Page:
‘This is a call to all those millions of people in Britain who face an impoverished and uncertain year as their wages, jobs, conditions and welfare provision come under renewed attack by the government. With some 80% of austerity measures still to come, and with the government lengthening the time they expect cuts to last, we are calling a People’s Assembly Against Austerity to bring together campaigns against cuts and privatisation with trade unionists in a movement for social justice. We aim to develop a strategy for resistance to mobilise millions of people against the Con-Dem government.’
Tucked away in the recession section, it is likely to have been missed by many, but in February of this year, The Peoples Assembly was launched with these words in a letter to the Guardian. It is endorsed by various trade union movements like the RMT and Unite, politicians such as Jeremy Corbyn and Caroline Lucas and The Independent columnist Owen Jones. It is a concerted effort to respond to the programme and politics of austerity. Britain is in a crisis that is ‘generally agreed was caused by the failures, the greed and recklessness of a clique we call, for short ‘the bankers.’ Yet the people paying for it are ordinary people and their families. What has been just as appalling as this government’s socially destructive and economically illiterate austerity programme, as Caroline Lucas puts it, is the way that they have tried to demonise large sections of society to justify their policies. Few have escaped their wrath, be they the unemployed, students, the elderly, the disabled and the stay at home mums. Added to this is the wholesale re-wiring of our institutions, schools, colleges and universities, the NHS and the welfare state.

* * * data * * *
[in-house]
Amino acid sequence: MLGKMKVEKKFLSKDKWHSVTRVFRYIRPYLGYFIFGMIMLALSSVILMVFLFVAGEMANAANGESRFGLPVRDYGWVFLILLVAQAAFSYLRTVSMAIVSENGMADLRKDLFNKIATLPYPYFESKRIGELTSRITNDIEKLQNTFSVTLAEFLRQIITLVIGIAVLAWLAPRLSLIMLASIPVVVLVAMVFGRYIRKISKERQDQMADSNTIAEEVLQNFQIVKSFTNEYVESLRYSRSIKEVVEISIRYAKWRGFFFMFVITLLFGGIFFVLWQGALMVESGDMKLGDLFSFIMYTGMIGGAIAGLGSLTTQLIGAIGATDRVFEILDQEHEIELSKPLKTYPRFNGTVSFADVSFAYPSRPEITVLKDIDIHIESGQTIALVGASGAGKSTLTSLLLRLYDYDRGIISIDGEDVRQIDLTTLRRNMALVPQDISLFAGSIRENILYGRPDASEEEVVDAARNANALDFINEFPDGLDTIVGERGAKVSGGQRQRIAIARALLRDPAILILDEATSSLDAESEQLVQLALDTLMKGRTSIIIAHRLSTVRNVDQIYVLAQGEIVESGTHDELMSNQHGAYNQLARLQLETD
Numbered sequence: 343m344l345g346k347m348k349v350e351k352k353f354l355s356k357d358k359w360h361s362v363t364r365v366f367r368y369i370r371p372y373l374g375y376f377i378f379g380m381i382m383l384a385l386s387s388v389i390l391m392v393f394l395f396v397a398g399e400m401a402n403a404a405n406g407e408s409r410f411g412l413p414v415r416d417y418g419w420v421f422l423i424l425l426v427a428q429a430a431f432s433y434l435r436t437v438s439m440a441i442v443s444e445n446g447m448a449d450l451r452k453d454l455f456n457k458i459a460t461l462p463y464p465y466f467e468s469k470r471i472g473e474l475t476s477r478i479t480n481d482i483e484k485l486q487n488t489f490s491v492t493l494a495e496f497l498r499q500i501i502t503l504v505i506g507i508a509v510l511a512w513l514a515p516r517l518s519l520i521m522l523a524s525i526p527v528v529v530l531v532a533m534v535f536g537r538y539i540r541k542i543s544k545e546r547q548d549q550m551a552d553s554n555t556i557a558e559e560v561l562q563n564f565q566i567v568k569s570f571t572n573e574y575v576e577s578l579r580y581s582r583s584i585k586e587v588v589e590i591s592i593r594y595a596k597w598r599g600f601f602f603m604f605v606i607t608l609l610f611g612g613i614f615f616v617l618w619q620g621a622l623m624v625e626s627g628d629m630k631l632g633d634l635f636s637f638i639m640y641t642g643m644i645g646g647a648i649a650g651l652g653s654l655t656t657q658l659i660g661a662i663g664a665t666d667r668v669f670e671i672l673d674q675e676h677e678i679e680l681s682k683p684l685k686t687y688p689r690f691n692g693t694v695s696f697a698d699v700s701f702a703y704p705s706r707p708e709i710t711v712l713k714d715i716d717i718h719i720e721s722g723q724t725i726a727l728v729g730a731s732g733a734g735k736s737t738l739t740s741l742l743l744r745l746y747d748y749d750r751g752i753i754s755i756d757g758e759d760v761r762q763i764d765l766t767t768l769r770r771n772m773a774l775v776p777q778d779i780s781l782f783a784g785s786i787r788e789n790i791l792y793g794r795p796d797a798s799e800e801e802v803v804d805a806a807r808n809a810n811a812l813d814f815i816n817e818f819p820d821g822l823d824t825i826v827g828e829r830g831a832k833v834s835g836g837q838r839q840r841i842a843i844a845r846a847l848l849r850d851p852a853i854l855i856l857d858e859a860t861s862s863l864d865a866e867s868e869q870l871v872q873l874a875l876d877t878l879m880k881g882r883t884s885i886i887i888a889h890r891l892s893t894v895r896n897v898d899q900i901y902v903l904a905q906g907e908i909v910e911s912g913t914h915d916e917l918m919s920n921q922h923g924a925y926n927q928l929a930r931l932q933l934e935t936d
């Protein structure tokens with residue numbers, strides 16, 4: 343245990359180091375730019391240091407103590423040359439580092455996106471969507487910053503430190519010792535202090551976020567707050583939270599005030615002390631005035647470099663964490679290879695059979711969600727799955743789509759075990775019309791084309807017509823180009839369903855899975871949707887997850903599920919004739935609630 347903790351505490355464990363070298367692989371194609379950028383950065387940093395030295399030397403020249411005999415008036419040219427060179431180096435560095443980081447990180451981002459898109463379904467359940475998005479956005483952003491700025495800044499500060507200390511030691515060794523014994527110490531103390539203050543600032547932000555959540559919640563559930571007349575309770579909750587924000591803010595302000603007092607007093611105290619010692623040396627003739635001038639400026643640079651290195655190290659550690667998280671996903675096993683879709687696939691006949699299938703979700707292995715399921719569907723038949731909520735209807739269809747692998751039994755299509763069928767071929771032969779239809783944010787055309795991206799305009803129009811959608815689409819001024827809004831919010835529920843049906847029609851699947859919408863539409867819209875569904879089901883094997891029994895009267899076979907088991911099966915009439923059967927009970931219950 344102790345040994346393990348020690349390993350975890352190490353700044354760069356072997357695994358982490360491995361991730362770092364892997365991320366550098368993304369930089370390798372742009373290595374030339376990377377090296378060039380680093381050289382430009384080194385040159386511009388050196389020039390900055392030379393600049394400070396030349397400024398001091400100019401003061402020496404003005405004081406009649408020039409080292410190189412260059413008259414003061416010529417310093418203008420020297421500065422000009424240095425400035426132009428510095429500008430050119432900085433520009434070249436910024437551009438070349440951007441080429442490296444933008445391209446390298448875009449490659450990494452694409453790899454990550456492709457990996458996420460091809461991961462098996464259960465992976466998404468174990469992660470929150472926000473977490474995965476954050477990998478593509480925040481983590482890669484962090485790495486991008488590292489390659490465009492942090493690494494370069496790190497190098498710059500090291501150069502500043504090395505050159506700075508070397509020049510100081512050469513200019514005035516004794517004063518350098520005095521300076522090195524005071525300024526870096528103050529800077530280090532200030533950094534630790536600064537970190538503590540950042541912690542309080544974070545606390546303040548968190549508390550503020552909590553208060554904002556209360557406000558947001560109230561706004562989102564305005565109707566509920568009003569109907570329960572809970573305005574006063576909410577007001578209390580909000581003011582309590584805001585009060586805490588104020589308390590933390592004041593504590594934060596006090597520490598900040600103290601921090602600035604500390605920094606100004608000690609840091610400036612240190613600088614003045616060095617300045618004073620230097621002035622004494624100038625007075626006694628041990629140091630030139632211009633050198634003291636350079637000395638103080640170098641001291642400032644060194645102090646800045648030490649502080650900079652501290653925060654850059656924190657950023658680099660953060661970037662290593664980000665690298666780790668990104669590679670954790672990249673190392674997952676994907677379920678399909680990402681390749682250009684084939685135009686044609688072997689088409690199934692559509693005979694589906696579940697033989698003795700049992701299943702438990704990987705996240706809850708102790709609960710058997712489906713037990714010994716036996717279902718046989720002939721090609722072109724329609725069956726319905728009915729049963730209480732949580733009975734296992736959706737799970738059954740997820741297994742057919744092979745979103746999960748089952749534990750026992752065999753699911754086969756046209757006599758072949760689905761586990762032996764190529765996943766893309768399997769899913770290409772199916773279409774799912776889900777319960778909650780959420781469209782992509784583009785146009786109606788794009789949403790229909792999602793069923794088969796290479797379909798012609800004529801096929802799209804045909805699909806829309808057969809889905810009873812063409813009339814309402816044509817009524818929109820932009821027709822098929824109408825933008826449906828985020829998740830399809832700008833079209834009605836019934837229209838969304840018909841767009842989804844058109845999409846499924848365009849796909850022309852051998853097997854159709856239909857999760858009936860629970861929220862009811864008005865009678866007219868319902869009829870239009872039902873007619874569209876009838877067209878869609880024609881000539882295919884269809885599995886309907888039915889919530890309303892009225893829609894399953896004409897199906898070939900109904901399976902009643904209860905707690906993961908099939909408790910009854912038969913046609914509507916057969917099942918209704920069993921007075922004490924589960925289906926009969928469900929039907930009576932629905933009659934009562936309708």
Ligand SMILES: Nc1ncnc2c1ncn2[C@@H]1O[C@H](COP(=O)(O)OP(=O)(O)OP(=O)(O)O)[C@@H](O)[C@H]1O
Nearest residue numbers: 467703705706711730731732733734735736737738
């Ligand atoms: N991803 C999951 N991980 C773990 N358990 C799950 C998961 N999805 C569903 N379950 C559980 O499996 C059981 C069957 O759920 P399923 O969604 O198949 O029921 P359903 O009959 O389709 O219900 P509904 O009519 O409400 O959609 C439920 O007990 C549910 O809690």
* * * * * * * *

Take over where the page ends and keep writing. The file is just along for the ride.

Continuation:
There is definitely no shortage of anger, frustration and bitter resentment by ordinary people up and down the country, austerity ironically has seen the ‘big society’ in action, albeit in opposition to its advocate’s policies. They include the Lewisham hospital campaigners battling to save the hospitals A&E and maternity departments, those campaigning against the closure of heart surgery centers for children, the anti-bedroom tax campaigners and the students fighting against the abolition of the EMA and rising student costs. Equally, ‘there can hardly have been a time when so many people disgusted by their government, have been at such a loss as to what we can do about it.’ The problem is that there are very few people who are working in the corridors power who are willing, or even able to, translate the people’s anger. Labour has in large part failed to follow its ‘one nation’ vision with real and hard policies to counter the coalition’s austerity package. For this reason many people are losing patience with a party they would have previously gravitated towards. Known protest parties such as The Respect Party have also found themselves out of their depth having campaigned for so long on foreign policy issues that the party has proved unable to speak the language of anti-austerity. Added to this is the fragmented nature of those opposed to austerity, in large part because people are campaigning on local issues. What the People’s Assembly aims to do is to bring together passionate, well organised but fragmented voices under one umbrella.
What this is not is merely the reactionary ramblings of the traditional left; those lending their support include BME groups as well as the Muslim Council of Britain and the Muslim Association of Britain. The Iraq war mobilised Muslims in matters of foreign policy, it should follow that the politics of austerity should awaken us to our duty in domestic politics. This is an opportunity for Muslims to fully participate in the debate, not only because austerity affects all of us (the rich and privileged aside) but also to prove that our morality calls us to ‘get involved in our local communities to show our fellow citizens that we care not just about events in Palestine and Pakistan, but Portsmouth and Paisley too.’
 http://www.independent.co.uk/voices/comment/peoples-assembly-right-thats-enough-now-what-are-we-going-to-do-about-it-8499928.html[3 http://www.independent.co.uk/voices/comment/peoples-assembly-right-thats-enough-now-what-are-we-going-to-do-about-it-8499928.html